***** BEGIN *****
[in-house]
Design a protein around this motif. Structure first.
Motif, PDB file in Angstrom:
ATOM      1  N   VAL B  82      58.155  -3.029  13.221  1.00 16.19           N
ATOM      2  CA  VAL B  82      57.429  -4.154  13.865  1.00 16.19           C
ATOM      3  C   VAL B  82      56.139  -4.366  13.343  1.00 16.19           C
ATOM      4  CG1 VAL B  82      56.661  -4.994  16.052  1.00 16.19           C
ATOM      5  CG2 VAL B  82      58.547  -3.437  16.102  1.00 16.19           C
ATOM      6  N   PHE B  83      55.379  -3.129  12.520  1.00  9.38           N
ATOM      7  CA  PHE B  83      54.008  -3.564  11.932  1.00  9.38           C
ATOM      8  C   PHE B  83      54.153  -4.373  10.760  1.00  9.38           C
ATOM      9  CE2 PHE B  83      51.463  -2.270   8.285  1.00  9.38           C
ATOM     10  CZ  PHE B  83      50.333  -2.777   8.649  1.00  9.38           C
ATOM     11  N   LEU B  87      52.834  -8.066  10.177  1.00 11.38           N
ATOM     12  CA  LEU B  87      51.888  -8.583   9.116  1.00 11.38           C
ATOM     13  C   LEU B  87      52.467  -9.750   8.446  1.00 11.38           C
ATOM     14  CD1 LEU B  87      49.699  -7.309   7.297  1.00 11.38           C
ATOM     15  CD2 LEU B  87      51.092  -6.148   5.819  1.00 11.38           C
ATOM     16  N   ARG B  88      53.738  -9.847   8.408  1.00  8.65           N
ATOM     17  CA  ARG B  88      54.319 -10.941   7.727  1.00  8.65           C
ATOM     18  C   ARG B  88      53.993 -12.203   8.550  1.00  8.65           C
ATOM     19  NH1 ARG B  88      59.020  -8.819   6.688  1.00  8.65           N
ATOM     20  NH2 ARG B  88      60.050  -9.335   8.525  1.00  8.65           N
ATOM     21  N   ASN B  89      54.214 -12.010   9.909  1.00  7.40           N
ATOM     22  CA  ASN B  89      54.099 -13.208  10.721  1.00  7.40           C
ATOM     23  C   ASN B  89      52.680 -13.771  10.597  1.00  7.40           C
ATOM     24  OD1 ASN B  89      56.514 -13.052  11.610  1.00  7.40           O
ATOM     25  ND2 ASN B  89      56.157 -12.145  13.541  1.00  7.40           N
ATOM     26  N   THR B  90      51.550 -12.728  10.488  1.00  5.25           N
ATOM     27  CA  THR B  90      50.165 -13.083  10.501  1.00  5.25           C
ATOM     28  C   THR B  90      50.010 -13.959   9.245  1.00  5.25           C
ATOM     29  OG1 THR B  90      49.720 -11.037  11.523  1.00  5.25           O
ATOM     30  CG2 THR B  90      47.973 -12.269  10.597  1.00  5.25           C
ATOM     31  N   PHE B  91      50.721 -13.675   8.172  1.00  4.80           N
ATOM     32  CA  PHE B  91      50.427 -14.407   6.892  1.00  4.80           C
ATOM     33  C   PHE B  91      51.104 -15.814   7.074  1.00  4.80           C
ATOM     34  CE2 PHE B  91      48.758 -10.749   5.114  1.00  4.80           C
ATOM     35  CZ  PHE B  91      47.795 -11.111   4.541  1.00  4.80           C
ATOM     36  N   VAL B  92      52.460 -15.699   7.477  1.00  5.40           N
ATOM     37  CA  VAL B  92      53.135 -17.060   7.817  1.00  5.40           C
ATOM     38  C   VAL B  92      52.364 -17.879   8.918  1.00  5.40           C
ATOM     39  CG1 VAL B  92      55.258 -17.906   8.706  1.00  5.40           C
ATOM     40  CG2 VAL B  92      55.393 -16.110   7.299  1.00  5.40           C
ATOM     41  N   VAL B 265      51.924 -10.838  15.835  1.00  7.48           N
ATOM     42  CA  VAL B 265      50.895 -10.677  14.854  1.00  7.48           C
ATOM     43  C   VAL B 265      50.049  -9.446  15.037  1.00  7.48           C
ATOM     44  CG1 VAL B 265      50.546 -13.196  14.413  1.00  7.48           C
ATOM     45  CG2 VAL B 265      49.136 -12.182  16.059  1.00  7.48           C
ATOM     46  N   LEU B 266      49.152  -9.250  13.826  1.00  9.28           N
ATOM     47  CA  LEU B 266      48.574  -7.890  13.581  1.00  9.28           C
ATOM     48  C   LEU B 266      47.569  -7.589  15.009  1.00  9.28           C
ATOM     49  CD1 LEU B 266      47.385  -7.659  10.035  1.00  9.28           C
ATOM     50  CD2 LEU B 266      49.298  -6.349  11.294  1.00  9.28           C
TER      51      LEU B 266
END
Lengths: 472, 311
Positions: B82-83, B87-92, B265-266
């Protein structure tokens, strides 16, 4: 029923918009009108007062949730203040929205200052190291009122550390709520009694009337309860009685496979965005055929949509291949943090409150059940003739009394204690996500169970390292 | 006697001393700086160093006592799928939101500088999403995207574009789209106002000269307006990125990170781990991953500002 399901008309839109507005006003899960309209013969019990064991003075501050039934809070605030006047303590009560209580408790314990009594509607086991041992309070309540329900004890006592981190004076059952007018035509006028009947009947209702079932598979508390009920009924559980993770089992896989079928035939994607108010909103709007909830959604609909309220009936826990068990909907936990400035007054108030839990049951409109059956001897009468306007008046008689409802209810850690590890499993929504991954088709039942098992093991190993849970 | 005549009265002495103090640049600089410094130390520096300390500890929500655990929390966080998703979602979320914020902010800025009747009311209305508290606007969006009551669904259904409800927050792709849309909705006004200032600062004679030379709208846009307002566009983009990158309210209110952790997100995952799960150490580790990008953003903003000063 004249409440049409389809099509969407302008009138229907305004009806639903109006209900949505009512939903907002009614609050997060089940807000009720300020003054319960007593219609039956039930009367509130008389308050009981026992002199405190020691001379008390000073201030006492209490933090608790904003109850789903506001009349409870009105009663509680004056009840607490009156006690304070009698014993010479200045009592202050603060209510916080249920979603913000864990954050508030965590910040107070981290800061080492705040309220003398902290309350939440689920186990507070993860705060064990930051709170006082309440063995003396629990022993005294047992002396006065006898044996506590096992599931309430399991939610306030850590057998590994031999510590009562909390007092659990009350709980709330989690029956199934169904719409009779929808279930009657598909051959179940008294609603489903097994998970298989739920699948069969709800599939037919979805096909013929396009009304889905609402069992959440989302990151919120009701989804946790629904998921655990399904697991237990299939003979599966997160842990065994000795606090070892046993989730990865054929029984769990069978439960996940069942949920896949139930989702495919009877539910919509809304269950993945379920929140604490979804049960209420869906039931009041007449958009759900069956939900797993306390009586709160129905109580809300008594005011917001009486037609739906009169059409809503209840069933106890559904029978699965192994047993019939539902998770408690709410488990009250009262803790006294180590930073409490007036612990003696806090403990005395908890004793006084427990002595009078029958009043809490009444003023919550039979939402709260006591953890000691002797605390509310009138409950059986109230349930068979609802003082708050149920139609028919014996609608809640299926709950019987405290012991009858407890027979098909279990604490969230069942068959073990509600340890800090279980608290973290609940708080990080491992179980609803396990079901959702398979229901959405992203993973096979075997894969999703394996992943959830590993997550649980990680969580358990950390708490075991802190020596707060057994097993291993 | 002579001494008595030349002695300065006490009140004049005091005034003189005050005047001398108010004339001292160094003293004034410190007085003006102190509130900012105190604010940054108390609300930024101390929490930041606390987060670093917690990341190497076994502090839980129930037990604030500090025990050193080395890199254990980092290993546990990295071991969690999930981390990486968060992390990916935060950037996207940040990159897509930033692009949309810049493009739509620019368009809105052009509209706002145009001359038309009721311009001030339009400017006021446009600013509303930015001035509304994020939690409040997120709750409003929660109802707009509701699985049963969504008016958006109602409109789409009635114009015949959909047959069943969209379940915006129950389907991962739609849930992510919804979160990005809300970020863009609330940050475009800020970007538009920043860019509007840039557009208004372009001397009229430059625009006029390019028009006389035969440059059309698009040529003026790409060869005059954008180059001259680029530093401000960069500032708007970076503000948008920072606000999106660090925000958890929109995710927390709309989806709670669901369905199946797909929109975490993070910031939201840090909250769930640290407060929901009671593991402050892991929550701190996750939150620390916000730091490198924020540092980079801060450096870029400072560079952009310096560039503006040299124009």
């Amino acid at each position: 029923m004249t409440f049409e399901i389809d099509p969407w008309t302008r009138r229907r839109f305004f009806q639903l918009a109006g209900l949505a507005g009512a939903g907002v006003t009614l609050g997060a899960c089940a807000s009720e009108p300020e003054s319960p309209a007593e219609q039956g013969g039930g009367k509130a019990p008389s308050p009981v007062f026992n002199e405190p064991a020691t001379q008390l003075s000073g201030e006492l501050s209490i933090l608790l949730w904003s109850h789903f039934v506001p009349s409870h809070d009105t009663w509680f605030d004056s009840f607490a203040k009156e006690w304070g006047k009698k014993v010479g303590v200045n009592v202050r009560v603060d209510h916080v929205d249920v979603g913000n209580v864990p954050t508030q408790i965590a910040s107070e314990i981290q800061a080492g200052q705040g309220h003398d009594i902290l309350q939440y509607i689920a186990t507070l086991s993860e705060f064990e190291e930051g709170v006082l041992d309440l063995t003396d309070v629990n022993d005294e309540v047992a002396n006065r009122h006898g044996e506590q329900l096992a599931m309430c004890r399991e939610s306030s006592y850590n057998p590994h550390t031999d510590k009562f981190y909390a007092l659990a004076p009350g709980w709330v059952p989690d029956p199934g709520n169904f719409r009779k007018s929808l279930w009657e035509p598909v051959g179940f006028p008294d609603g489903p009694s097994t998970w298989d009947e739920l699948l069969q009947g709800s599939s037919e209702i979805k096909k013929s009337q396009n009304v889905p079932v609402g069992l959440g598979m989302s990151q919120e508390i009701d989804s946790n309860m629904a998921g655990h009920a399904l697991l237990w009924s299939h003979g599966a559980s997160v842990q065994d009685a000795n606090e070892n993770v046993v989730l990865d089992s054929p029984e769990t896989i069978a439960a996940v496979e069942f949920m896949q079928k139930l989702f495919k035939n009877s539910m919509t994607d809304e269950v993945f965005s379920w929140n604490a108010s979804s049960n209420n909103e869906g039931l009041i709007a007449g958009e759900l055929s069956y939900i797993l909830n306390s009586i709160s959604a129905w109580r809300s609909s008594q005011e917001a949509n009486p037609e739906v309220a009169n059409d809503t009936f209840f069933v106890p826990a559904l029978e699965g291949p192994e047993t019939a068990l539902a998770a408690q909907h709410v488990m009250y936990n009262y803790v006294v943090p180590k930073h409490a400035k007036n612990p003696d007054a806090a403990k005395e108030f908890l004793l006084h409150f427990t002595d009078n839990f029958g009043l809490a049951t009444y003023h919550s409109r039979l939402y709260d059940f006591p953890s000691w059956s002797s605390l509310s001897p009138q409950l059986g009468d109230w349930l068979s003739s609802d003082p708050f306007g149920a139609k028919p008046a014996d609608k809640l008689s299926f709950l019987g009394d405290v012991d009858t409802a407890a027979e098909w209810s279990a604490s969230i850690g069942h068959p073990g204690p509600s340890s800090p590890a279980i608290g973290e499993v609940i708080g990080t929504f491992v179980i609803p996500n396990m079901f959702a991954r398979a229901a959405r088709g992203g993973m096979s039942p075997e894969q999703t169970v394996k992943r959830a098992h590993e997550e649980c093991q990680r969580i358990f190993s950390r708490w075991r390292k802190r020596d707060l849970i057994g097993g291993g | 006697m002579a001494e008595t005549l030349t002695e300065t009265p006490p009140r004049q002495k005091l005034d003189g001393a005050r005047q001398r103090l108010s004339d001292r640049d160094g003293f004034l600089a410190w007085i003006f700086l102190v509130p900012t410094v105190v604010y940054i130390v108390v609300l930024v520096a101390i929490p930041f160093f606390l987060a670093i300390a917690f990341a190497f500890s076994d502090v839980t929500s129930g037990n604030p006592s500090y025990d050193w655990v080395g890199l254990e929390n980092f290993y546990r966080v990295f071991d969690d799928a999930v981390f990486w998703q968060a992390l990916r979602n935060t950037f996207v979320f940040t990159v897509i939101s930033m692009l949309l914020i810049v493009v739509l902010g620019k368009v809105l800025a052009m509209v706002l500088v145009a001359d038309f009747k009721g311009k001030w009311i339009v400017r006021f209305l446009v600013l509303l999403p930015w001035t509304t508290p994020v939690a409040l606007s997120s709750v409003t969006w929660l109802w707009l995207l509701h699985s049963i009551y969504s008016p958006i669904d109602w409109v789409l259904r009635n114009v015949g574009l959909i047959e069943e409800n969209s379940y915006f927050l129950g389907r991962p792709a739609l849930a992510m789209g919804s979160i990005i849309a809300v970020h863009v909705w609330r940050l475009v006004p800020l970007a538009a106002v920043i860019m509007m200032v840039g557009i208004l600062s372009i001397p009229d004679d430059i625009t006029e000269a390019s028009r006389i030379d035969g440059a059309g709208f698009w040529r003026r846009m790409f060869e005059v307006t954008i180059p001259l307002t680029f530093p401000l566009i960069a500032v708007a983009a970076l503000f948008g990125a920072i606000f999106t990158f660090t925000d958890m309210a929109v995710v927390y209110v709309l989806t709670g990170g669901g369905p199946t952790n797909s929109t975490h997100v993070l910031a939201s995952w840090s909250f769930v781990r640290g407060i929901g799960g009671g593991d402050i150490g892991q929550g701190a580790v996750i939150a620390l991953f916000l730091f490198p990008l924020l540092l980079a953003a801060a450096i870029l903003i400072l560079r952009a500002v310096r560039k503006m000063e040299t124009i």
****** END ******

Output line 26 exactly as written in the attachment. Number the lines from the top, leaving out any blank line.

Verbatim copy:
ATOM     23  C   ASN B  89      52.680 -13.771  10.597  1.00  7.40           C